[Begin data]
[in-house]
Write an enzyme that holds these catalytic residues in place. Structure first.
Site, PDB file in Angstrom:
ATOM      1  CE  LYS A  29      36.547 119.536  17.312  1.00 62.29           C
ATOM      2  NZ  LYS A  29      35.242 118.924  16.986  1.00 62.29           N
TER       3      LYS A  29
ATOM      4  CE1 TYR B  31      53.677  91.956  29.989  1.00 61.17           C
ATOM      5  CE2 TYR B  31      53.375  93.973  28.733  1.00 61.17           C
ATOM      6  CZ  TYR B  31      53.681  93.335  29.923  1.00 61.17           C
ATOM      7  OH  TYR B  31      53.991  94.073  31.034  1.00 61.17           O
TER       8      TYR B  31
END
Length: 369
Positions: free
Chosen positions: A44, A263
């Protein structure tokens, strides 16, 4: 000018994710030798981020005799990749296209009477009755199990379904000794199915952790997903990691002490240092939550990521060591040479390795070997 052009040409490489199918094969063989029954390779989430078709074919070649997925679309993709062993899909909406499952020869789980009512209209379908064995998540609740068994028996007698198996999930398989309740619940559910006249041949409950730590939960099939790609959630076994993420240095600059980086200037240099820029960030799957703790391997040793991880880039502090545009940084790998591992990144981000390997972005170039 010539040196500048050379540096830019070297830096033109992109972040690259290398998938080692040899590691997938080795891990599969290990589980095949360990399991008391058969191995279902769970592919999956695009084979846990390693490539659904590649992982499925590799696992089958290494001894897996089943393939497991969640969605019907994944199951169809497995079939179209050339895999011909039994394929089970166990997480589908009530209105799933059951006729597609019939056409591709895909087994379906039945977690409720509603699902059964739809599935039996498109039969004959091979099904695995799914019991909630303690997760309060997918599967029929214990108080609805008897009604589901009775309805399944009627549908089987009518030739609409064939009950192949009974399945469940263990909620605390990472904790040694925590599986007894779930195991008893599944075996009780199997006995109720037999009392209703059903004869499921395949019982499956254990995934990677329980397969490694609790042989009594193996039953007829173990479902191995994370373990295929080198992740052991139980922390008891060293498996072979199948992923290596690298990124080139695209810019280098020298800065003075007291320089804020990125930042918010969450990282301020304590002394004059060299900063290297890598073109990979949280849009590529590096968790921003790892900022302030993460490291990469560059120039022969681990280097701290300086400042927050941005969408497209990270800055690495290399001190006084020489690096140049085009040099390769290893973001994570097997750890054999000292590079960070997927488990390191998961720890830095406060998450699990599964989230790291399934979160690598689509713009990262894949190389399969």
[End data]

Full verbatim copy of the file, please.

[in-house]
Write an enzyme that holds these catalytic residues in place. Structure first.
Site, PDB file in Angstrom:
ATOM      1  CE  LYS A  29      36.547 119.536  17.312  1.00 62.29           C
ATOM      2  NZ  LYS A  29      35.242 118.924  16.986  1.00 62.29           N
TER       3      LYS A  29
ATOM      4  CE1 TYR B  31      53.677  91.956  29.989  1.00 61.17           C
ATOM      5  CE2 TYR B  31      53.375  93.973  28.733  1.00 61.17           C
ATOM      6  CZ  TYR B  31      53.681  93.335  29.923  1.00 61.17           C
ATOM      7  OH  TYR B  31      53.991  94.073  31.034  1.00 61.17           O
TER       8      TYR B  31
END
Length: 369
Positions: free
Chosen positions: A44, A263
């Protein structure tokens, strides 16, 4: 000018994710030798981020005799990749296209009477009755199990379904000794199915952790997903990691002490240092939550990521060591040479390795070997 052009040409490489199918094969063989029954390779989430078709074919070649997925679309993709062993899909909406499952020869789980009512209209379908064995998540609740068994028996007698198996999930398989309740619940559910006249041949409950730590939960099939790609959630076994993420240095600059980086200037240099820029960030799957703790391997040793991880880039502090545009940084790998591992990144981000390997972005170039 010539040196500048050379540096830019070297830096033109992109972040690259290398998938080692040899590691997938080795891990599969290990589980095949360990399991008391058969191995279902769970592919999956695009084979846990390693490539659904590649992982499925590799696992089958290494001894897996089943393939497991969640969605019907994944199951169809497995079939179209050339895999011909039994394929089970166990997480589908009530209105799933059951006729597609019939056409591709895909087994379906039945977690409720509603699902059964739809599935039996498109039969004959091979099904695995799914019991909630303690997760309060997918599967029929214990108080609805008897009604589901009775309805399944009627549908089987009518030739609409064939009950192949009974399945469940263990909620605390990472904790040694925590599986007894779930195991008893599944075996009780199997006995109720037999009392209703059903004869499921395949019982499956254990995934990677329980397969490694609790042989009594193996039953007829173990479902191995994370373990295929080198992740052991139980922390008891060293498996072979199948992923290596690298990124080139695209810019280098020298800065003075007291320089804020990125930042918010969450990282301020304590002394004059060299900063290297890598073109990979949280849009590529590096968790921003790892900022302030993460490291990469560059120039022969681990280097701290300086400042927050941005969408497209990270800055690495290399001190006084020489690096140049085009040099390769290893973001994570097997750890054999000292590079960070997927488990390191998961720890830095406060998450699990599964989230790291399934979160690598689509713009990262894949190389399969």